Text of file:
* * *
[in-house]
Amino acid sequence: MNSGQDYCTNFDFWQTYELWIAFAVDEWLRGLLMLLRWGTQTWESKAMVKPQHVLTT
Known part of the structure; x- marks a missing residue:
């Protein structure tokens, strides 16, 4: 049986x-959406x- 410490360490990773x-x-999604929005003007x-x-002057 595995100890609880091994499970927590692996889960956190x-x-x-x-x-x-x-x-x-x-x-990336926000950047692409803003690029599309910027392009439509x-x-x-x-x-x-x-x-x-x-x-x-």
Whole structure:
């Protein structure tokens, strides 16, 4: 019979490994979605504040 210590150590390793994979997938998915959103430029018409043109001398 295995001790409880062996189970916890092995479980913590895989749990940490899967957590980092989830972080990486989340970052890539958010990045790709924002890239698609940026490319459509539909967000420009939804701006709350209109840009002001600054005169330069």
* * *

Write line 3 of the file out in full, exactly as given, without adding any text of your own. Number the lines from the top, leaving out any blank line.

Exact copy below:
Known part of the structure; x- marks a missing residue: